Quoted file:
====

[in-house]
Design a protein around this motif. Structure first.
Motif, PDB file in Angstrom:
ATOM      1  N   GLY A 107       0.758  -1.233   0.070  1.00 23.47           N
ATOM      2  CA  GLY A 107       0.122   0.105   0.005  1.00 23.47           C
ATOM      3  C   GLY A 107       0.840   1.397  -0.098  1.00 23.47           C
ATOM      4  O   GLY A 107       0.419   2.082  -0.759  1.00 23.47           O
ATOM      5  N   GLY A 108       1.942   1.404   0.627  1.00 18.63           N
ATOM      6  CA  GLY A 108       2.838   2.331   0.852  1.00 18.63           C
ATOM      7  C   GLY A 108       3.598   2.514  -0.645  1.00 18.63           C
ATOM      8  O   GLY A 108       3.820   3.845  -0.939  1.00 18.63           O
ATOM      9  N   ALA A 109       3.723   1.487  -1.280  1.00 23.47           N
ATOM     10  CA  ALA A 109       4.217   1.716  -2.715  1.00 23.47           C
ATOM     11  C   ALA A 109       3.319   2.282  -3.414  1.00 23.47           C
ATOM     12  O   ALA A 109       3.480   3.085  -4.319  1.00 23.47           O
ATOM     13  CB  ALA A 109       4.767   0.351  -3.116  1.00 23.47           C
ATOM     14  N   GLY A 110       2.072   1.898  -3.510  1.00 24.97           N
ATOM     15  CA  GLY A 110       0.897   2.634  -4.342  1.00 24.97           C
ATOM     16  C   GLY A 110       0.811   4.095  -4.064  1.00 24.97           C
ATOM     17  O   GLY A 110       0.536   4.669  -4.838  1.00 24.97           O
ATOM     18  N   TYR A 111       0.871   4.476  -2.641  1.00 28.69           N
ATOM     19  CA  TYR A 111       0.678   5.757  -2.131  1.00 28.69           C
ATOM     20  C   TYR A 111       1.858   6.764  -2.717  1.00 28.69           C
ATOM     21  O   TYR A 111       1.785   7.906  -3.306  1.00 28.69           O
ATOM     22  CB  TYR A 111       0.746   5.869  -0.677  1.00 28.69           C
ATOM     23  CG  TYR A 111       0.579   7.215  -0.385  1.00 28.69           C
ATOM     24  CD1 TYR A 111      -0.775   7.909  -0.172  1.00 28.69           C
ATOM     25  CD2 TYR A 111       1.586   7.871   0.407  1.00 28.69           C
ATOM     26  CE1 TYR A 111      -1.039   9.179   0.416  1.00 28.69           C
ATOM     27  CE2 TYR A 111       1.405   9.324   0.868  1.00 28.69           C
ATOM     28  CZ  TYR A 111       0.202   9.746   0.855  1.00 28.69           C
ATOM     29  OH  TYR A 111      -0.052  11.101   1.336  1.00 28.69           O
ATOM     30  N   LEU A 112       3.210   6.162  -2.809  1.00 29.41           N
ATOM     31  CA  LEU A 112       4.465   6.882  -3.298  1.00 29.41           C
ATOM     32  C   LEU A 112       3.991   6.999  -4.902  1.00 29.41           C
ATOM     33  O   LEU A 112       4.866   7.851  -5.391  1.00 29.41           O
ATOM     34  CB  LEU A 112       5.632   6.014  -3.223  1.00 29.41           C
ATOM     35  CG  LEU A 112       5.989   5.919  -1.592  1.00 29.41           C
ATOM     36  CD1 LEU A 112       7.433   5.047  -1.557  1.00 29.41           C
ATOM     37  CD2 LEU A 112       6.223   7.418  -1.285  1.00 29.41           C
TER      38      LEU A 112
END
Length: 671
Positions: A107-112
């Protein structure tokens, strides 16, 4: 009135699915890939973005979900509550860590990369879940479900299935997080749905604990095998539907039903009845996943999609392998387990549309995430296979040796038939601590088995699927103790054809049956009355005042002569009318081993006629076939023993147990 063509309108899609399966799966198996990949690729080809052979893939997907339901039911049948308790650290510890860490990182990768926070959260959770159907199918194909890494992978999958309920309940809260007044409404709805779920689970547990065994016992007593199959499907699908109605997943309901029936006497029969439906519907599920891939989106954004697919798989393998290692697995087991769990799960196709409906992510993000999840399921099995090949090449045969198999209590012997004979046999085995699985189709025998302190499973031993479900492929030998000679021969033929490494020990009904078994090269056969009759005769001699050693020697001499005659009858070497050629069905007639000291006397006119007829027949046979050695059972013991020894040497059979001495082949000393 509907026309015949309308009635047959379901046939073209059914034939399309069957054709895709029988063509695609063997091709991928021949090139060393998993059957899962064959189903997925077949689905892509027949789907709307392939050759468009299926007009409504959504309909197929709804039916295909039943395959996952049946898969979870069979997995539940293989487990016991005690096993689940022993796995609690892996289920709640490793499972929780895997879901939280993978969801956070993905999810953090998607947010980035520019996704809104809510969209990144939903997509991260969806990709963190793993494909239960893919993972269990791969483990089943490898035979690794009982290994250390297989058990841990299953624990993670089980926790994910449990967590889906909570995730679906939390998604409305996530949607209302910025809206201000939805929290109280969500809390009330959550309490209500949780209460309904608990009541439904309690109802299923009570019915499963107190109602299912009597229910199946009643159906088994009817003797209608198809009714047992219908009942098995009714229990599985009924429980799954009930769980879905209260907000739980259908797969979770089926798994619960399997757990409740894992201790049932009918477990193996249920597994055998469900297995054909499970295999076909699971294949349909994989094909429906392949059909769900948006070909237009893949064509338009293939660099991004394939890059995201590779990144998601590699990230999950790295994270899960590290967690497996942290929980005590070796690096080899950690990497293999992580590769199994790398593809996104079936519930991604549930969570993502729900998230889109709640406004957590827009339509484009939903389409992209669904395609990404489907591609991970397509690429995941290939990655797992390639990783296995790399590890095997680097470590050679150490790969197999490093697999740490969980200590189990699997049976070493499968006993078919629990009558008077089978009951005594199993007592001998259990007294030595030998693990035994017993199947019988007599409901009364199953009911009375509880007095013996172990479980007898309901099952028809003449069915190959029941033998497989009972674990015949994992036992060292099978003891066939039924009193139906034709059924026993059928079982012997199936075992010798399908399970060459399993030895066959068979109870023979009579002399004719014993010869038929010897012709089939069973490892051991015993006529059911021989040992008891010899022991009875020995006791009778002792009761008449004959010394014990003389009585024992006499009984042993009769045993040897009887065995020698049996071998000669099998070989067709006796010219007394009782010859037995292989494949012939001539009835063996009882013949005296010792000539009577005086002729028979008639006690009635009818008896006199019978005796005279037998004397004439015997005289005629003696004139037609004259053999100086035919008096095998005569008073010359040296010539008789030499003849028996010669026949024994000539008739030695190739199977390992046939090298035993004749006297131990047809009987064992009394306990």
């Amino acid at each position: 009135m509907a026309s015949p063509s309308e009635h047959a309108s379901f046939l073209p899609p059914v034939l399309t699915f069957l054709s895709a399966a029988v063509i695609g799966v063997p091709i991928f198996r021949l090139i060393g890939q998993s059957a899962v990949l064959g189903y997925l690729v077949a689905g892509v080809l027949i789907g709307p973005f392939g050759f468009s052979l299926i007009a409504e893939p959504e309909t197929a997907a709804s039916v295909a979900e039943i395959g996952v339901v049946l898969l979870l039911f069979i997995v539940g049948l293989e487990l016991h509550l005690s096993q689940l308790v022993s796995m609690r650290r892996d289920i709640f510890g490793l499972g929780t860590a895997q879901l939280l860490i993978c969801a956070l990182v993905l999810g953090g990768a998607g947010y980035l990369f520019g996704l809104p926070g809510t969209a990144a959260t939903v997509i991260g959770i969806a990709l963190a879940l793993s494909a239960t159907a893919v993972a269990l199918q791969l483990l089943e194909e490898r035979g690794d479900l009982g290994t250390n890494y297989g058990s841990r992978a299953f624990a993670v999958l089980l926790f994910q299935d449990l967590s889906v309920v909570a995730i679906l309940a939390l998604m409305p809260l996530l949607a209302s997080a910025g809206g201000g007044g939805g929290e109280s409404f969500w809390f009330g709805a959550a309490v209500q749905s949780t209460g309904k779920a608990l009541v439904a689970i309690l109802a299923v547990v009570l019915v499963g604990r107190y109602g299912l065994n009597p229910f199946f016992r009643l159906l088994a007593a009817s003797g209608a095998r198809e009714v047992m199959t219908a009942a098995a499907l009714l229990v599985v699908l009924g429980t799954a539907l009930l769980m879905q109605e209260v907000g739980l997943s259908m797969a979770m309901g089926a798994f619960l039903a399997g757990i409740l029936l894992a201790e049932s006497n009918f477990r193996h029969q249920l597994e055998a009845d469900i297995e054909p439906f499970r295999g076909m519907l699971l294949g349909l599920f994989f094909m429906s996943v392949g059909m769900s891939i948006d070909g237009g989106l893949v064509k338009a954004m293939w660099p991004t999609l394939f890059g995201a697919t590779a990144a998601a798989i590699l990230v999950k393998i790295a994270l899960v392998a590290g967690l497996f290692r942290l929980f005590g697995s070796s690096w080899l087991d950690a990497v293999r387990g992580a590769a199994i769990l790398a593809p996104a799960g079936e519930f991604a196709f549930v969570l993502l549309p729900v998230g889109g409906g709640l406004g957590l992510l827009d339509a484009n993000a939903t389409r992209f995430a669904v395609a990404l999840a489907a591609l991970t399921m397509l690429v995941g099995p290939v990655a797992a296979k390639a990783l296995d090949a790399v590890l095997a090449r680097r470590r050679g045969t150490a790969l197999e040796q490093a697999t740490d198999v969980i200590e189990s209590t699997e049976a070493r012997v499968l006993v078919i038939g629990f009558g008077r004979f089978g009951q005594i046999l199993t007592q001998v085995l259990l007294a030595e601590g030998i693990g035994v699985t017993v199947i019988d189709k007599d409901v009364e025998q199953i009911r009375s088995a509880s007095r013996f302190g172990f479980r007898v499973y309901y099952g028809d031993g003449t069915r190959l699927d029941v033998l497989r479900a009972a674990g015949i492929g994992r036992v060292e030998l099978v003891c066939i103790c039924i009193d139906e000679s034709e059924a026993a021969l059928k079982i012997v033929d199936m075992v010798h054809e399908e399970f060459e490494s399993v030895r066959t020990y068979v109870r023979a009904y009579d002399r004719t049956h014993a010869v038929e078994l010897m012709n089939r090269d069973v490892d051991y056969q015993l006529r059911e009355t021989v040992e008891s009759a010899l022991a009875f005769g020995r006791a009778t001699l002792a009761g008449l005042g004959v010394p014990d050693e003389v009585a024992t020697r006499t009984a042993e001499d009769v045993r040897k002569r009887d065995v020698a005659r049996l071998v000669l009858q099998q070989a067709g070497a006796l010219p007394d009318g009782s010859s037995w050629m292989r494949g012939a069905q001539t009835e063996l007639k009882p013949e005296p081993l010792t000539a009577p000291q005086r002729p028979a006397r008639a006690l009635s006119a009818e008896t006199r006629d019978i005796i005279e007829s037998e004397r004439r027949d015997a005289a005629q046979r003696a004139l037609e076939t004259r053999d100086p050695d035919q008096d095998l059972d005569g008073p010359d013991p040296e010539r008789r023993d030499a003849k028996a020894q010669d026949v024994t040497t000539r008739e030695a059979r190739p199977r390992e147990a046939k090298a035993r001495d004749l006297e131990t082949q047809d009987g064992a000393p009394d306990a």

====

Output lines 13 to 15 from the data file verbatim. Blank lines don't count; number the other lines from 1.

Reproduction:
ATOM     10  CA  ALA A 109       4.217   1.716  -2.715  1.00 23.47           C
ATOM     11  C   ALA A 109       3.319   2.282  -3.414  1.00 23.47           C
ATOM     12  O   ALA A 109       3.480   3.085  -4.319  1.00 23.47           O